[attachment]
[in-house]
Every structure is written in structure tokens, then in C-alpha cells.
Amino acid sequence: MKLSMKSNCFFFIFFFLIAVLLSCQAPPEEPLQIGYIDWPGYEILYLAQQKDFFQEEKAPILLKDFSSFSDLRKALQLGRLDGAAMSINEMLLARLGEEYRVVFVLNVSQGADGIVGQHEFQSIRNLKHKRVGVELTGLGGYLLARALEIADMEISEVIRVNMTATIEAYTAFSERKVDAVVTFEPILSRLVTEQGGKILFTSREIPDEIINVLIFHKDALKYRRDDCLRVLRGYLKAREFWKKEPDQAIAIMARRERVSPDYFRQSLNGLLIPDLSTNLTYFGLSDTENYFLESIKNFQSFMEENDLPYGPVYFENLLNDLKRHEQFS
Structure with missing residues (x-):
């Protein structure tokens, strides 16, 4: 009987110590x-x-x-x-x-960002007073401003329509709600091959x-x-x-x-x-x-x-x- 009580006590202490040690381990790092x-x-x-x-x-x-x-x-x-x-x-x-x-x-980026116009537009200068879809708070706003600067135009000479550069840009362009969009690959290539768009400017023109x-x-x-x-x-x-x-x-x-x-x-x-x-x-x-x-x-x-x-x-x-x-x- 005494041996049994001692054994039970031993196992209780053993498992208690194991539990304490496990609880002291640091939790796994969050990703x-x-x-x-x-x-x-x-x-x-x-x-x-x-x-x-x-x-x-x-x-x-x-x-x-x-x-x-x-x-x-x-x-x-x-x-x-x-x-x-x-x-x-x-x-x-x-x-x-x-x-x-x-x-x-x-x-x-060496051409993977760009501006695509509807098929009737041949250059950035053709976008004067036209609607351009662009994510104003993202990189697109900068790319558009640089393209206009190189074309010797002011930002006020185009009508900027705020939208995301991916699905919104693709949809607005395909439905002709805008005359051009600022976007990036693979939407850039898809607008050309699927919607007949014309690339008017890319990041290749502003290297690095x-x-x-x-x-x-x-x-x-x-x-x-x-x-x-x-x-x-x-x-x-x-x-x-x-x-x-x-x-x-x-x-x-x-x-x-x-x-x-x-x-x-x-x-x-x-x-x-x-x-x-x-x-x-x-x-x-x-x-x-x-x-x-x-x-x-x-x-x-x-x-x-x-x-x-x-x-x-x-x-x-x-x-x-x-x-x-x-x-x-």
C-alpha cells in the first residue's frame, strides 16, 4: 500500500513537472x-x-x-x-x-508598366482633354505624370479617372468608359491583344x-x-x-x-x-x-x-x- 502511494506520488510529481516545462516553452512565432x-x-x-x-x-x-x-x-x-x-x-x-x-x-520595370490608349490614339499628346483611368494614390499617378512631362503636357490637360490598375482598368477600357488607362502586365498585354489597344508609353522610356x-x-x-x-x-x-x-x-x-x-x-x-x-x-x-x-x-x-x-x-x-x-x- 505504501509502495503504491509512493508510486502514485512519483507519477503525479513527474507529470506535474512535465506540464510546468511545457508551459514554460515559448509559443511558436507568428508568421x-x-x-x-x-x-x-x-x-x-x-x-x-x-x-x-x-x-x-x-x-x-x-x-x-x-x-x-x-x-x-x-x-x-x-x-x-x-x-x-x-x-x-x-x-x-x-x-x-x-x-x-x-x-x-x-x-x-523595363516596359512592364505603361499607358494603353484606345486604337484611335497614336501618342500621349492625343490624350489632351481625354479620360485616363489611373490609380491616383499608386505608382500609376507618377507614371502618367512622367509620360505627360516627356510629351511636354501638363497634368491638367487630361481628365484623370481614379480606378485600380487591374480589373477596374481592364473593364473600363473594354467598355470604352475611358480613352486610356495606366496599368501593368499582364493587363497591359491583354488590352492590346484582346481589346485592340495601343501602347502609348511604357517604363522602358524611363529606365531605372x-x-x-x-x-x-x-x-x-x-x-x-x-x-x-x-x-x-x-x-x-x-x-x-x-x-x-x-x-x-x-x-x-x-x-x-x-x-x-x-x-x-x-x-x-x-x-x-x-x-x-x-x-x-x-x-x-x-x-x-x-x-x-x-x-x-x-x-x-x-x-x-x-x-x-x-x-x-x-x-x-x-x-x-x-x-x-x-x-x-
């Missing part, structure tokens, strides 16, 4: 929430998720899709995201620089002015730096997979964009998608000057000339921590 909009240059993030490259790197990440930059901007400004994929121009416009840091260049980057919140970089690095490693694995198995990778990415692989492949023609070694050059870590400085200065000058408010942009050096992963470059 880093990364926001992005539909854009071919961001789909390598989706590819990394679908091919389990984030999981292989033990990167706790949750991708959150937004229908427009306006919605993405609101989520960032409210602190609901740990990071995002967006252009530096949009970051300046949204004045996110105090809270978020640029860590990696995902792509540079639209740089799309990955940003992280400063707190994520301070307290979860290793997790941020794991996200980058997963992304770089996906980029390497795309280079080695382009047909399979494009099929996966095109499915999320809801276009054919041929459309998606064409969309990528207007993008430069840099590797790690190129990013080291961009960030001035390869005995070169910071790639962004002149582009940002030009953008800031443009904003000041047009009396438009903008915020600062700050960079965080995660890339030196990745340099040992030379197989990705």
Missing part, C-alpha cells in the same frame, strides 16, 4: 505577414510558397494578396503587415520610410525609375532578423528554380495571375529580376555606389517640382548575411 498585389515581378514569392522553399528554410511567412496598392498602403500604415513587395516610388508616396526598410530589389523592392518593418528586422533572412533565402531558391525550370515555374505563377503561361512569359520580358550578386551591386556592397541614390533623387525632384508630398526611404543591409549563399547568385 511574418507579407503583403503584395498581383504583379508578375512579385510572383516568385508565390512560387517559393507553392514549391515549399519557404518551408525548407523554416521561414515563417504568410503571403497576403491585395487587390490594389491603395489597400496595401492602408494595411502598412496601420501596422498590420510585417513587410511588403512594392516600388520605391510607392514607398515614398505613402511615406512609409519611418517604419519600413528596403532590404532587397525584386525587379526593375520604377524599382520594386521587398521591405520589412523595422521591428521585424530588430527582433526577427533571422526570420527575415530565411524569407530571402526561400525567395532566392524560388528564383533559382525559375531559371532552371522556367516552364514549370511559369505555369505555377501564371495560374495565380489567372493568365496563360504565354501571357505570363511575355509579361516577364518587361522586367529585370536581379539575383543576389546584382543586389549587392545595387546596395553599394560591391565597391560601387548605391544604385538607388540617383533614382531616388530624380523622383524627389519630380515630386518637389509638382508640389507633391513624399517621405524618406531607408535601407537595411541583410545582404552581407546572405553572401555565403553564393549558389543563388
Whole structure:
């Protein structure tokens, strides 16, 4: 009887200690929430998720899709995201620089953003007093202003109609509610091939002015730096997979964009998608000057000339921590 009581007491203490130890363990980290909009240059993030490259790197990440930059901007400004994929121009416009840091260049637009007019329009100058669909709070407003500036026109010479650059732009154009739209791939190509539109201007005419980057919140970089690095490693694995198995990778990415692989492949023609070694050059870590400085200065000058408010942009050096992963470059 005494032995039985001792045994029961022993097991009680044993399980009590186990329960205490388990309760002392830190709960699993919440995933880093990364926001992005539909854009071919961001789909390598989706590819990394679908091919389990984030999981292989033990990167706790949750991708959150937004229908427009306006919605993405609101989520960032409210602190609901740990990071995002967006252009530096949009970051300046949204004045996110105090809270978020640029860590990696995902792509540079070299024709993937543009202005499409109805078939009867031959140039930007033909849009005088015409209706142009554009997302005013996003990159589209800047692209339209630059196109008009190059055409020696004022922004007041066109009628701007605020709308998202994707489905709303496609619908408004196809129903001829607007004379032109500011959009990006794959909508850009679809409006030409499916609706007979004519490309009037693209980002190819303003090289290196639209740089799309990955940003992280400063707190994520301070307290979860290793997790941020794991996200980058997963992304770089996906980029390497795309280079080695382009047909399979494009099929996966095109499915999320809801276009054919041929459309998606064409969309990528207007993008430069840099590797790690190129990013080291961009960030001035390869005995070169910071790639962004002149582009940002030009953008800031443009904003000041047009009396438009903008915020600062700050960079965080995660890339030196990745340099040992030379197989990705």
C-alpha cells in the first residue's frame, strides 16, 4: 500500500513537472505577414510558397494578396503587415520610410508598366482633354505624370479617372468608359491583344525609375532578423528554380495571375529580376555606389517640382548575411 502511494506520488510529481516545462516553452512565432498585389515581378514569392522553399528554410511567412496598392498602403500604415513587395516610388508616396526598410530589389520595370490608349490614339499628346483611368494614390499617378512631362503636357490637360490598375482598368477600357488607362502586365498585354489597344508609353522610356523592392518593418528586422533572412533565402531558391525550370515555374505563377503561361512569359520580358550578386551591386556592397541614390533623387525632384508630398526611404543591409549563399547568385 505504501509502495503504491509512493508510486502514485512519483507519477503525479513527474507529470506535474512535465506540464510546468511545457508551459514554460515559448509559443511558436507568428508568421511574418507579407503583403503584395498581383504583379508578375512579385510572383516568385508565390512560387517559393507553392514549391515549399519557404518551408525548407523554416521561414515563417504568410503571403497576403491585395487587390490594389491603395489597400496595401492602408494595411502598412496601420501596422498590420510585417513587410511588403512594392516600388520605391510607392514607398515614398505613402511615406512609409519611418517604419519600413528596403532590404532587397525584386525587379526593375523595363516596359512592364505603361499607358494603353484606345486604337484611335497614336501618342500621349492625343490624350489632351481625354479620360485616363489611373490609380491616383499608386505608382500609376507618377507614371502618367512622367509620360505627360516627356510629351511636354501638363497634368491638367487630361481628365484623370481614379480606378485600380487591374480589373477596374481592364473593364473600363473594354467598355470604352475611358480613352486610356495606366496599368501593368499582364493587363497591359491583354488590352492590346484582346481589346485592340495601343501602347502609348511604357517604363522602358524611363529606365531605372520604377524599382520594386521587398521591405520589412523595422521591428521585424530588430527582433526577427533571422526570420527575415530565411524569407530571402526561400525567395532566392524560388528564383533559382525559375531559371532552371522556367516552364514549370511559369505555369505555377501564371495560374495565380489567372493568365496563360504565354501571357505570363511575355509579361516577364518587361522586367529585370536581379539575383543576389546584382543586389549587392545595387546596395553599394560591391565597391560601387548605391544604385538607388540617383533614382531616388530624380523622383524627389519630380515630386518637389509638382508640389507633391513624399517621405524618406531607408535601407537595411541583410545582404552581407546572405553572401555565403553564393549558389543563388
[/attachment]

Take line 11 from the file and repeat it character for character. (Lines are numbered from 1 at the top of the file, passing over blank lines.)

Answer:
C-alpha cells in the first residue's frame, strides 16, 4: 500500500513537472505577414510558397494578396503587415520610410508598366482633354505624370479617372468608359491583344525609375532578423528554380495571375529580376555606389517640382548575411 502511494506520488510529481516545462516553452512565432498585389515581378514569392522553399528554410511567412496598392498602403500604415513587395516610388508616396526598410530589389520595370490608349490614339499628346483611368494614390499617378512631362503636357490637360490598375482598368477600357488607362502586365498585354489597344508609353522610356523592392518593418528586422533572412533565402531558391525550370515555374505563377503561361512569359520580358550578386551591386556592397541614390533623387525632384508630398526611404543591409549563399547568385 505504501509502495503504491509512493508510486502514485512519483507519477503525479513527474507529470506535474512535465506540464510546468511545457508551459514554460515559448509559443511558436507568428508568421511574418507579407503583403503584395498581383504583379508578375512579385510572383516568385508565390512560387517559393507553392514549391515549399519557404518551408525548407523554416521561414515563417504568410503571403497576403491585395487587390490594389491603395489597400496595401492602408494595411502598412496601420501596422498590420510585417513587410511588403512594392516600388520605391510607392514607398515614398505613402511615406512609409519611418517604419519600413528596403532590404532587397525584386525587379526593375523595363516596359512592364505603361499607358494603353484606345486604337484611335497614336501618342500621349492625343490624350489632351481625354479620360485616363489611373490609380491616383499608386505608382500609376507618377507614371502618367512622367509620360505627360516627356510629351511636354501638363497634368491638367487630361481628365484623370481614379480606378485600380487591374480589373477596374481592364473593364473600363473594354467598355470604352475611358480613352486610356495606366496599368501593368499582364493587363497591359491583354488590352492590346484582346481589346485592340495601343501602347502609348511604357517604363522602358524611363529606365531605372520604377524599382520594386521587398521591405520589412523595422521591428521585424530588430527582433526577427533571422526570420527575415530565411524569407530571402526561400525567395532566392524560388528564383533559382525559375531559371532552371522556367516552364514549370511559369505555369505555377501564371495560374495565380489567372493568365496563360504565354501571357505570363511575355509579361516577364518587361522586367529585370536581379539575383543576389546584382543586389549587392545595387546596395553599394560591391565597391560601387548605391544604385538607388540617383533614382531616388530624380523622383524627389519630380515630386518637389509638382508640389507633391513624399517621405524618406531607408535601407537595411541583410545582404552581407546572405553572401555565403553564393549558389543563388